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Carrotmob's Capitalist Activism Goes to Sea

Words by Hannah Miller
Leadership & Transparency

One of the most interesting groups out there altering the fabric of reality is Carrotmob. The San Francisco-based organizing group started in 2008 with one email, two local indie bands, and a bunch of Facebook invites, inventing a new kind of campaign: the reverse boycott. Founder Brent Schulkin and his friend went to 23 different liquor stores in the Mission District and asked them: How much will you spend on energy efficient lighting, if we bring in hundreds of socially-minded customers for you?

They got a high bid and organized a one-day shop-a-thon that grossed over $9,000, which the K&D Liquor Store used to revamp their lighting. It was an effective grassroots and online campaign to do something that no grassroots or online campaign had ever done.

Carrotmob brings the time-tested techniques of political organizing to sustainability for a magnified impact on one store. Better still, the focus on group buying power gives small businesses a carrot instead of a stick.

And it works. Since the initial effort, Carrotmobs have been organized in six countries (soon to add a branch in Hungary), replicating the early San Francisco successes with small and varied stores, like the Bangkok grocery that stopped using plastic bags. The next iteration of Carrotmob aims to take things a step further: organizing enough spenders to change companies with global reach.

The newest Carrotmob coffee campaign is a first attempt. Instead of getting a retailer to retrofit light bulbs, they are working with organic, fair-trade coffee roaster Thanksgiving Coffee to sell a lot of Mocha Java - two bags for $26. If they can raise $150,000 by the end of the month, Thanksgiving will ship coffee beans from Latin America to Northern California with the technology that humans used for thousands of years: sails.

"One of the big contradictions in coffee is - no matter how clean it is from origin to roaster - is the fact that coffee is transported in giant container ships that burn the dirtiest bunker fuel on earth, " said Ben Corey-Moran, Thanksgiving's president. "We've always dreamed that we could sail coffee to our little harbor here in Fort Bragg."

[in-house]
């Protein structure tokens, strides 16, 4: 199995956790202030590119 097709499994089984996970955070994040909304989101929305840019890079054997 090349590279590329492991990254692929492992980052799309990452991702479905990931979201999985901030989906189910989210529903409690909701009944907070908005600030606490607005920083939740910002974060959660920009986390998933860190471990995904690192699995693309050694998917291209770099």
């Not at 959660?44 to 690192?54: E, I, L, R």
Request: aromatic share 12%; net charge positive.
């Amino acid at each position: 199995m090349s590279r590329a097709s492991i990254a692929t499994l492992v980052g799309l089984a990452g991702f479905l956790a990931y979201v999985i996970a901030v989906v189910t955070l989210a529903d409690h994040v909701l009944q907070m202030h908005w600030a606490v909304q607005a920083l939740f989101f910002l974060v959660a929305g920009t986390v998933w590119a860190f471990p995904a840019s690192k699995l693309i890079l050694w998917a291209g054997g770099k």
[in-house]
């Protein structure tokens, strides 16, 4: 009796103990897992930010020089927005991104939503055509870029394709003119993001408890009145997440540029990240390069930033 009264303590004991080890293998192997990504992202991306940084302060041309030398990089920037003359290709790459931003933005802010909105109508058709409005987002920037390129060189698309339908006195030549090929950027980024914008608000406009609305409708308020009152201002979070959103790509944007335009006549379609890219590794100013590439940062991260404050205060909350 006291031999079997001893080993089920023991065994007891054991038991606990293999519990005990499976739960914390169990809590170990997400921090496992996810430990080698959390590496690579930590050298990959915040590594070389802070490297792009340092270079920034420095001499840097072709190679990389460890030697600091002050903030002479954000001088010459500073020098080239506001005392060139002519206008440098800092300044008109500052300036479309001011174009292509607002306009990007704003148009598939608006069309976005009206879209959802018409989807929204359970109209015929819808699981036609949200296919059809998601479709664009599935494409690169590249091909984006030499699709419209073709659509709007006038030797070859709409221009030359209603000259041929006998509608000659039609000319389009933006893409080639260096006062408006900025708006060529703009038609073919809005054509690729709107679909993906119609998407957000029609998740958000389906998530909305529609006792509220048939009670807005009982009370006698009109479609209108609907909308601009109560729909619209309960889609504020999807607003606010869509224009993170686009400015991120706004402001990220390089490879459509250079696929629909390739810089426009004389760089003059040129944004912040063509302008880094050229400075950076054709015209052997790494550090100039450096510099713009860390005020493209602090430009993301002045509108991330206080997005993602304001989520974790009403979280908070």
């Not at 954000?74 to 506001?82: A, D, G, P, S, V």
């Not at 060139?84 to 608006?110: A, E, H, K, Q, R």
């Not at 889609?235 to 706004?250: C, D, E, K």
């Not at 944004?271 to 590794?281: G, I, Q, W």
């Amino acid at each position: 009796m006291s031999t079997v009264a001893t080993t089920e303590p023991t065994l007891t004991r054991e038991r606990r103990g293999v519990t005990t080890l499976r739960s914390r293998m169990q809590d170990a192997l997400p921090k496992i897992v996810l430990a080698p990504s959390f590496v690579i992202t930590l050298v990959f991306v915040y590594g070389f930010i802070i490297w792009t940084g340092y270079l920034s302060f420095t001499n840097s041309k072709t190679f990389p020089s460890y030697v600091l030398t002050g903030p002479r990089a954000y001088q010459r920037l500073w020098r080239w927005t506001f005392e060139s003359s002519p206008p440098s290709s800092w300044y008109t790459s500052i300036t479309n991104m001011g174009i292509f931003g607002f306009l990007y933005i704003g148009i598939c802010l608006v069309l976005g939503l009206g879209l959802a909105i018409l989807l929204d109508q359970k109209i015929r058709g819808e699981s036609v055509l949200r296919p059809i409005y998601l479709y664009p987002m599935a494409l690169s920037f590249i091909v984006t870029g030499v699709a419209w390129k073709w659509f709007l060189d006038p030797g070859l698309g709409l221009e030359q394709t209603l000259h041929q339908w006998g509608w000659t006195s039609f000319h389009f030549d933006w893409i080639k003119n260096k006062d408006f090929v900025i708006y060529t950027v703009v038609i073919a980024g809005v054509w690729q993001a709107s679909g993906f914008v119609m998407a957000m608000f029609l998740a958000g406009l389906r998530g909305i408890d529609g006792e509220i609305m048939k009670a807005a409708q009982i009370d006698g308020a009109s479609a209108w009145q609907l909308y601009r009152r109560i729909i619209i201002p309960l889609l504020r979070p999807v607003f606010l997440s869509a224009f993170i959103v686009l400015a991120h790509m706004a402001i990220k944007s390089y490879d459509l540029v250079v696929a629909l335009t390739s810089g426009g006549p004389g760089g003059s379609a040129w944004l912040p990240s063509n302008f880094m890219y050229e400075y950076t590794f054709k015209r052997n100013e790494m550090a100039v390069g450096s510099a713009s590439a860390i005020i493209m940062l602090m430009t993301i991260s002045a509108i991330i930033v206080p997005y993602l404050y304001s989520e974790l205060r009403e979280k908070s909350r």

The program was developed with Fair Transport and the Sail Transport Network, which promotes examples such as the Mast Brothers Chocolate Co. shipping 20 metric tons of cocoa beans from the Dominican Republic to Brooklyn in a schooner. Last month, the New York Times reported on new sail designs for green shipping, pointing out that "if the world's shipping fleet were a country, it would be the world's sixth largest emitter of greenhouse gases."

Yes, it is nothing like anything ever done in the young history of "the green economy." But it gets people thinking about infrastructure, how things get here, and where they come from (often the most difficult job is simply developing empathy.) Change engineer Saul Alinsky, at the end of his 40-year organizing career, wrote in 1971's Rules for Radicals that the next vista for progress was in the then-new form of shareholder activism.

Hopefully, Carrotmob will inspire more such social hackers. The coffee campaign closes in five days.



Hannah Miller

Hannah Miller is a writer, ecologist, and adventurer living in Colorado. She is interested in everything, but particularly in creative sustainability practices, the Internet, arts and culture, the human-machine interaction, and democracy. She's lived in Shanghai, New York, L.A., Philadelphia, and D.C., and taught English, run political campaigns, waited tables, and written puppet shows. She definitely wants to hear what you're up to. You can reach her at @hannahmiller215, email at golden.notebook at gmail.com or at her site: www.hannahmiller.net.

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